In carpet square spirituality, blessings are at the core. We can remember that by stopping to say a blessing before or after eating, or saying Shehehiyanu when someone gets a haircut or has a new baby arriving in their family, we are following a “rule book” and connecting the moment to something Jewish and sacred.

Other carpet square spiritually rich experiences include:

  • Yoga or breathing exercises led by an expert.
  • Prayer/Tefillah/Torah service led by a leader.
  • Birkat HaMazon recited at the end of the meal.
  • Ritual “how to” moments (how to light the candles, move through a Haggadah, etc.).
  • Blessings said throughout the day.

4) Playground SpiritualitySpiritual moments that are communal and may lead to new understandings of Judaism. When children head to the playground there is usually a rush of freedom, a moment of allowing oneself to explore and connect to something outside of a classroom. There is the notice of the temperature in the air, the sound of the birds, and the chance to partner with a new friend. Playground spirituality is what happens in spaces outside of traditional confines of worship utilizing techniques not often associated with prayer; it can be social. Playground spirituality is not about where it happens, but how it happens, and for many it can serve as an entry point for a personal connection to Judaism.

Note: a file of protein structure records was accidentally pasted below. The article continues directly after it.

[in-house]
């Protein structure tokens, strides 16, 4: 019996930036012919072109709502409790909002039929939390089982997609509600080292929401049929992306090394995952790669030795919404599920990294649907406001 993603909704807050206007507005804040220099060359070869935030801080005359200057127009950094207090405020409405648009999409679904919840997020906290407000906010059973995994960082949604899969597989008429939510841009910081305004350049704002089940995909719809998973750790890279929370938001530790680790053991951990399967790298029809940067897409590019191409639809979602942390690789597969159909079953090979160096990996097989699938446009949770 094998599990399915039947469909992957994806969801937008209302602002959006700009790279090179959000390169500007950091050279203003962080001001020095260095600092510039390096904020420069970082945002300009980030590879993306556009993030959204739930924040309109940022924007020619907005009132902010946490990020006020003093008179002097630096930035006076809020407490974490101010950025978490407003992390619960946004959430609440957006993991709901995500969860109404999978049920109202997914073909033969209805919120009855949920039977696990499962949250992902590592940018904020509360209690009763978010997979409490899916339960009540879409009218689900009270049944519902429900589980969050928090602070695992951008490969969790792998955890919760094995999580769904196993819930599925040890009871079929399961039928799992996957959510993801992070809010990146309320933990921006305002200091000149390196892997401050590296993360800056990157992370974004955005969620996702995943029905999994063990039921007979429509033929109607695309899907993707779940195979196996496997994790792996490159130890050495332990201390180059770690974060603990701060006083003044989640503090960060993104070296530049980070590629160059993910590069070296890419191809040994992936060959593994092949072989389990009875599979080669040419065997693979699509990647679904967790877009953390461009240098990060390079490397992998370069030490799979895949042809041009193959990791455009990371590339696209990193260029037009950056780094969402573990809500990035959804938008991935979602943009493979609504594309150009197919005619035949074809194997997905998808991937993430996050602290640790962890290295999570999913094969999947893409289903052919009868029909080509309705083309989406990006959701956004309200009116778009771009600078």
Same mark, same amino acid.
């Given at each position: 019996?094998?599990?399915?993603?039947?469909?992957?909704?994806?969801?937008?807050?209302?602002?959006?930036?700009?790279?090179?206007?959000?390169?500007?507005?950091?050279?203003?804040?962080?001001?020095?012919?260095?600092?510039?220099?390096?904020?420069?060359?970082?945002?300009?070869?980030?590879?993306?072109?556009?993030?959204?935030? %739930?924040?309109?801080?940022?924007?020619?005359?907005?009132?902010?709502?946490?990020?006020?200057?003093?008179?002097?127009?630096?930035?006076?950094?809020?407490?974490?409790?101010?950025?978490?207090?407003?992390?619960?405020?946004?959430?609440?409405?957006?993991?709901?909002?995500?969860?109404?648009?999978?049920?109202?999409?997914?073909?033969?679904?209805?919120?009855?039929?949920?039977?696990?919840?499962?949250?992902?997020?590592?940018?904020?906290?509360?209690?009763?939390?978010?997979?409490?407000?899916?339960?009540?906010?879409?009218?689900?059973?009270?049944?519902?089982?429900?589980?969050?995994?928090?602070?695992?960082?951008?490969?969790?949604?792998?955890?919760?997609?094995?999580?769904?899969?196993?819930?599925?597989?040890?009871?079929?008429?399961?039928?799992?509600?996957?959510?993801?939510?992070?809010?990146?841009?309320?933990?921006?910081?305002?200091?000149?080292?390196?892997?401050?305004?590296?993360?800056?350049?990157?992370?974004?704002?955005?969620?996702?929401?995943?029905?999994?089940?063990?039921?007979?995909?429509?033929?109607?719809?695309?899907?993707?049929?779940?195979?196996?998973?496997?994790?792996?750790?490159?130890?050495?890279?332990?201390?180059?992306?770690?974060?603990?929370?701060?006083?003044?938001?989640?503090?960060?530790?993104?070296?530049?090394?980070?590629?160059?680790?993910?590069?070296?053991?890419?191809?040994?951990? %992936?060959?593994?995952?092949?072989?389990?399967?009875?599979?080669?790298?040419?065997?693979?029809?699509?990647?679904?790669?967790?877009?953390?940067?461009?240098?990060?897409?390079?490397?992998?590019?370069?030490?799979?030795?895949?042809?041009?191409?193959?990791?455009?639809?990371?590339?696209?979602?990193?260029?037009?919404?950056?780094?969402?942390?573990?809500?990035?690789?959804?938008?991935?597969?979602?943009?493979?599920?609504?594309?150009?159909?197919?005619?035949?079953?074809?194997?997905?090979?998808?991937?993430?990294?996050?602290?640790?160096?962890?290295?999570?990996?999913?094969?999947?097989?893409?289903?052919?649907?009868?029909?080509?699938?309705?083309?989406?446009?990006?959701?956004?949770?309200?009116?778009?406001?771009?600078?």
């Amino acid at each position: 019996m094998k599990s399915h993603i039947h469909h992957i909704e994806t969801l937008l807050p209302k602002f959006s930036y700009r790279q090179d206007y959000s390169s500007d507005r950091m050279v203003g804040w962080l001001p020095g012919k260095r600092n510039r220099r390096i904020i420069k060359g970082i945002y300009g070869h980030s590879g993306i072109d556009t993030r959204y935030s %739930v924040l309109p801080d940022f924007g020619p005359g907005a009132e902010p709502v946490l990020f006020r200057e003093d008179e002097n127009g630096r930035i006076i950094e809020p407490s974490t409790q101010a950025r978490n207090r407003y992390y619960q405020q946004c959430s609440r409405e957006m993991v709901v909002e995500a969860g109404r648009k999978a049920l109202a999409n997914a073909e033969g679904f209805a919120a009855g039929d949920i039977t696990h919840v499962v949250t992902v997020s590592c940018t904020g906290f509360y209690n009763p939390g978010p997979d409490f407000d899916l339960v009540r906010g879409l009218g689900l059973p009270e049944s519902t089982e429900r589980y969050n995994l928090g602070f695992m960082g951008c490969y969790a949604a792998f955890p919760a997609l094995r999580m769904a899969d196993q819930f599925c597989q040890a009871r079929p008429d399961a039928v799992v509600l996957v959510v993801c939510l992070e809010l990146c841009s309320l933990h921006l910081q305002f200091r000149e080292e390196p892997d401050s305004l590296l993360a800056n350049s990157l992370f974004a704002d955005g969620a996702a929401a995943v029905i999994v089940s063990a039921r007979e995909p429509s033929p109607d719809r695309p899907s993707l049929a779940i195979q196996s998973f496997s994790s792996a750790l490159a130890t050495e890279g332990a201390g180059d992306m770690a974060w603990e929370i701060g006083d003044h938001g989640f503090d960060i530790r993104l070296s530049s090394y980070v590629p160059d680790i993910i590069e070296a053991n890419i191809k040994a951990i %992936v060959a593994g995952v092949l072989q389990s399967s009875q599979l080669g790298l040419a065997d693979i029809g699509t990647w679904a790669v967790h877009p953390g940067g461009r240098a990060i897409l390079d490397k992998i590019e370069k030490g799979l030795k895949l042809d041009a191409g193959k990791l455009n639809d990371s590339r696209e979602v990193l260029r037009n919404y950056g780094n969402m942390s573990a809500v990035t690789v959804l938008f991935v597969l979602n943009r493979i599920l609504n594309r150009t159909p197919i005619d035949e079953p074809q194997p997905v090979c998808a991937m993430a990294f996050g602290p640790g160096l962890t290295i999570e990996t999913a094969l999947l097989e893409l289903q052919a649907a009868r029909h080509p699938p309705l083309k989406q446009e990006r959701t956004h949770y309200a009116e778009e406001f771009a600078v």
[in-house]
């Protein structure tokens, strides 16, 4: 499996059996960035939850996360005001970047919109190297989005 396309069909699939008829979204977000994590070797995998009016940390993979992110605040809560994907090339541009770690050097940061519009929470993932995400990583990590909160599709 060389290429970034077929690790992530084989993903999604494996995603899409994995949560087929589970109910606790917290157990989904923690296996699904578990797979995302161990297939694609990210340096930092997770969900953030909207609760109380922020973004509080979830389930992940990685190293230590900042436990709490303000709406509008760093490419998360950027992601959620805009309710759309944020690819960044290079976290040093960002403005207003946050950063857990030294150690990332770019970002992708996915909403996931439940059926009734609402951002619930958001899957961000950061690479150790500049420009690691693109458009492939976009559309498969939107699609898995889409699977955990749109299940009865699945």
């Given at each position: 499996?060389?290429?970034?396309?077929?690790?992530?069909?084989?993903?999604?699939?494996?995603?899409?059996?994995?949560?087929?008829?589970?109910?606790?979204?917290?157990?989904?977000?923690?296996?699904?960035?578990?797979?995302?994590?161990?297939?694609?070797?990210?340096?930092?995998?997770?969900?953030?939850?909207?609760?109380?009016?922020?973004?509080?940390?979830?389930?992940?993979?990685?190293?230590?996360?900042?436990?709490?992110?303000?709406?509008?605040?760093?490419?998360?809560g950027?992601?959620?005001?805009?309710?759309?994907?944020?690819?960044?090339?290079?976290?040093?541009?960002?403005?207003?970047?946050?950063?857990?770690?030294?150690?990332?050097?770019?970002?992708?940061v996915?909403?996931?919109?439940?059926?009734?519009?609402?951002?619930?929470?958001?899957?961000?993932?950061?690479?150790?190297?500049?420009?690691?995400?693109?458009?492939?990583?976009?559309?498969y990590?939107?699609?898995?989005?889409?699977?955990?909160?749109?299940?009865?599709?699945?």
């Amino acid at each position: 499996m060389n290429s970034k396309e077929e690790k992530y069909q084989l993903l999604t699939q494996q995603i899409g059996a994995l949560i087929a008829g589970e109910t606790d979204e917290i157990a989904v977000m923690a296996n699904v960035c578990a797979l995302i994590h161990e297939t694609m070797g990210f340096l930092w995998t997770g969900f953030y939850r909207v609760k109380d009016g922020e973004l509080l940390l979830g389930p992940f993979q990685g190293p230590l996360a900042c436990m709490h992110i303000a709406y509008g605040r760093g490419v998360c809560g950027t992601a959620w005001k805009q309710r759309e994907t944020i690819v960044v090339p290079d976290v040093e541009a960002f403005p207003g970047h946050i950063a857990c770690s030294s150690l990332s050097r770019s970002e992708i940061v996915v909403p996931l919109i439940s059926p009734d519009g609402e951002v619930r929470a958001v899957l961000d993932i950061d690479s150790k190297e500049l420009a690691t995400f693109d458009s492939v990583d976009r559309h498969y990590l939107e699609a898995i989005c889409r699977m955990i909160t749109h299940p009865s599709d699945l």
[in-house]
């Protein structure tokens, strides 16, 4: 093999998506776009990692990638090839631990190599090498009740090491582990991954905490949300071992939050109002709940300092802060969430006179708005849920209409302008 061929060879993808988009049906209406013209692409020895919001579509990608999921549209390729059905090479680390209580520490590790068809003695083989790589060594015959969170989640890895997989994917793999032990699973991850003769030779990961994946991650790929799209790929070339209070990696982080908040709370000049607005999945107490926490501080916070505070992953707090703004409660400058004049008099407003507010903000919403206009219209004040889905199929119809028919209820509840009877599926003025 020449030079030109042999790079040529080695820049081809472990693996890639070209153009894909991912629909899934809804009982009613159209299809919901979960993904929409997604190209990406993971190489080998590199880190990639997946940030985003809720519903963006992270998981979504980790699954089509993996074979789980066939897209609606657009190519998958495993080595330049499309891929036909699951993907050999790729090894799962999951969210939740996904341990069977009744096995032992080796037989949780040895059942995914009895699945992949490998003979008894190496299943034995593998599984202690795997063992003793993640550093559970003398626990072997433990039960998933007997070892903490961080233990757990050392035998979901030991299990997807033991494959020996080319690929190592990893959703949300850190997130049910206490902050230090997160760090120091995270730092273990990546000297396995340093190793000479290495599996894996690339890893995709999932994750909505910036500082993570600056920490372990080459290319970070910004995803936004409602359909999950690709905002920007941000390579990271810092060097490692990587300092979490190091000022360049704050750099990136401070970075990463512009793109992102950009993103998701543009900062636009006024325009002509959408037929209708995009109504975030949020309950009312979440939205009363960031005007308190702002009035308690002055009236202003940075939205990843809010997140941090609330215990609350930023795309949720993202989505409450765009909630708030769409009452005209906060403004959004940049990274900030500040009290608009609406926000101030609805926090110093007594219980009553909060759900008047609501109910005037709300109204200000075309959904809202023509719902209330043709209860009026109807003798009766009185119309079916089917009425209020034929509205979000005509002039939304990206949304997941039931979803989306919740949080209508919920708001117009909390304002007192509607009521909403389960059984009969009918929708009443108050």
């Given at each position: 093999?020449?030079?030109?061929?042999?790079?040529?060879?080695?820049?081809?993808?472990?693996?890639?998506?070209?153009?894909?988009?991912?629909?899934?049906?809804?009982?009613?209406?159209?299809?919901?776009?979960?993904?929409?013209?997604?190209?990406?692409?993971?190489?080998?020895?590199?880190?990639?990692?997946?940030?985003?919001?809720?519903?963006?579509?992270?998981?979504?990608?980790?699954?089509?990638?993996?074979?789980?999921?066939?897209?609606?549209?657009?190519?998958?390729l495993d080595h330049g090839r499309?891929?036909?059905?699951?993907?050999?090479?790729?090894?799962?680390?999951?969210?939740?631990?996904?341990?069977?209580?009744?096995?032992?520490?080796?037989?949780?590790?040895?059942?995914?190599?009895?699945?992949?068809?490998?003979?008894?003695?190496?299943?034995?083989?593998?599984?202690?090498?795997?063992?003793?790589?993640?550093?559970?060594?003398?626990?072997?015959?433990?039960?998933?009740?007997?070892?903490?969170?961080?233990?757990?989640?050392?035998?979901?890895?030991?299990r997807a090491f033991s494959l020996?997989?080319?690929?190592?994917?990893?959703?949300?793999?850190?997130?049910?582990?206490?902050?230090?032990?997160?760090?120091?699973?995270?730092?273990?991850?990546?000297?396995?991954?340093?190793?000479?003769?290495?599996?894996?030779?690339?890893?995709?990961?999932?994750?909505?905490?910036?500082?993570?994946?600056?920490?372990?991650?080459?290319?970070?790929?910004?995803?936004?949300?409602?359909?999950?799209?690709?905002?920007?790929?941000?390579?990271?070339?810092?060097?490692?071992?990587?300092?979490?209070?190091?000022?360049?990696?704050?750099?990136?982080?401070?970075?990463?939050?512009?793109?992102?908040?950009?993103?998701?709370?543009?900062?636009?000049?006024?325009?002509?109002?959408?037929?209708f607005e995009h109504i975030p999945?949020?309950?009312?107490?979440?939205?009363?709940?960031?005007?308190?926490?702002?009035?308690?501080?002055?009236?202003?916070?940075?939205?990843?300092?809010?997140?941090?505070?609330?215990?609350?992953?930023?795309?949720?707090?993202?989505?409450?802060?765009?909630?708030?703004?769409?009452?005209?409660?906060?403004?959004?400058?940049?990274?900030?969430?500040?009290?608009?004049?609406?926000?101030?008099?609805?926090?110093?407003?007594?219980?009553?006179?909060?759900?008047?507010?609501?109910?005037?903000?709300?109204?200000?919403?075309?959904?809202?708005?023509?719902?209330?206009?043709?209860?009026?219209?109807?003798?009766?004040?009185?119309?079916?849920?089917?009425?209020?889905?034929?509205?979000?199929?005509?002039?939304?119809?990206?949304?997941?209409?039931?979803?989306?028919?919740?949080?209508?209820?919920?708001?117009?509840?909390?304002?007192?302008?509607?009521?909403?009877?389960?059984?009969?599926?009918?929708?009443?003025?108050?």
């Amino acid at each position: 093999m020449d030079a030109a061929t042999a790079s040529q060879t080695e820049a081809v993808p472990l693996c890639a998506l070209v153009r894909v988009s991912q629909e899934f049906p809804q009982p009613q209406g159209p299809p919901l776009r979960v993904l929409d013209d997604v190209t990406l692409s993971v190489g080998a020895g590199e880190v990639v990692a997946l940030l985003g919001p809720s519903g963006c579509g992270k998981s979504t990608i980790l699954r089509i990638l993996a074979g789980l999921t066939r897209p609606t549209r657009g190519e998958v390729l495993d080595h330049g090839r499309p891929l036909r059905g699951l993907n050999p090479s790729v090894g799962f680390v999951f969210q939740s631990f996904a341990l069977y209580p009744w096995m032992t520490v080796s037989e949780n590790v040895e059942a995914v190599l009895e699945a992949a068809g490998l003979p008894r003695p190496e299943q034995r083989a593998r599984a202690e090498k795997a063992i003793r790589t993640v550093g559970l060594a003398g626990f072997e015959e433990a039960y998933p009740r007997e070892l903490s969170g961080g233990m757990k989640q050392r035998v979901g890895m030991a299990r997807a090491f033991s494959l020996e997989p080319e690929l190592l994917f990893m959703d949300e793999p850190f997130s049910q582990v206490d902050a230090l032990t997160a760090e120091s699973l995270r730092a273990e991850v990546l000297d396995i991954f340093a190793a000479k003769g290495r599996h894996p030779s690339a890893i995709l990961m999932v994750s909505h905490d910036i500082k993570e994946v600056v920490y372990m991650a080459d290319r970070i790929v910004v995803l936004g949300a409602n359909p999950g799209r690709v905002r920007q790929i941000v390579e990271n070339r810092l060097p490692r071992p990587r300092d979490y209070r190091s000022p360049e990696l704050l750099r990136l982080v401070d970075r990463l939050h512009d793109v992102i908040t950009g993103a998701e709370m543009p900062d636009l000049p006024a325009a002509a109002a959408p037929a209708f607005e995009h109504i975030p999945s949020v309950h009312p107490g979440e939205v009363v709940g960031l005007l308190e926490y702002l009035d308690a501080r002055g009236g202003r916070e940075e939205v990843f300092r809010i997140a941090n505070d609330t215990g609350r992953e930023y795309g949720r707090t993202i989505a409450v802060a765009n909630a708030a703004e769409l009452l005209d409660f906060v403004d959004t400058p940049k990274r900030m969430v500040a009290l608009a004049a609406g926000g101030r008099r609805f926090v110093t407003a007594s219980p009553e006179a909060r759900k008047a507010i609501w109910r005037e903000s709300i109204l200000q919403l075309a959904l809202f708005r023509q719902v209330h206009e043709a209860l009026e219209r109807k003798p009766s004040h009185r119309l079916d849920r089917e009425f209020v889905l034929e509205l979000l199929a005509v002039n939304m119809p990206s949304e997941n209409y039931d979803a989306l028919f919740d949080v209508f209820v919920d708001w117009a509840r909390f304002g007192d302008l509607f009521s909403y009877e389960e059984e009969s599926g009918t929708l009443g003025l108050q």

In this playground model, I like to think of us as shaking our spiritual noisemakers. Like a Purim grogger, we make noise to blot out the sound of Haman’s name. Playground spirituality asks us to find a new space to make noise and make a commotion, and to leave behind the distractions that challenge us throughout our days. When spiritual noise is happening nothing else can be heard, we get lost in a moment that connects us to something bigger. It might be loud and boisterous, joyful, and possibly emotional. Spiritual noise might be a song, or clapping, a silent moment charged with emotion, a conversation, or going on a nature walk. As attuned listeners of spiritual noise, we find ways to connect children to bigger moments.

Other playground spiritually rich experiences include:

  • Joining together for a singalong.
  • Joining together for a moment when everyone does something at the same time (lighting candles on Yom HaShoah, waving flags, etc.)
  • Taking turns giving tzedakah.
  • Having a moment of silence as we think of those that don’t feel well in our community.

Children are naturally spiritual seekers. As educators, we have opportunities and tools to help them become spiritual players, spiritual climbers, and spiritual learners. In facilitating that, the teachers become spiritual leaders. Spiritual Play-Doh, blocks, carpets, and playgrounds provide a variety of modalities for us to do that.

Michelle Rose Young is a Jewish Educator at The Epstein School, Sandy Springs, GA where she coordinates the Judaics program for the Early Childhood Program. Michelle is a graduate of Penn State University (Secondary Education/English) and Baltimore Hebrew University (Jewish Education/Jewish Studies).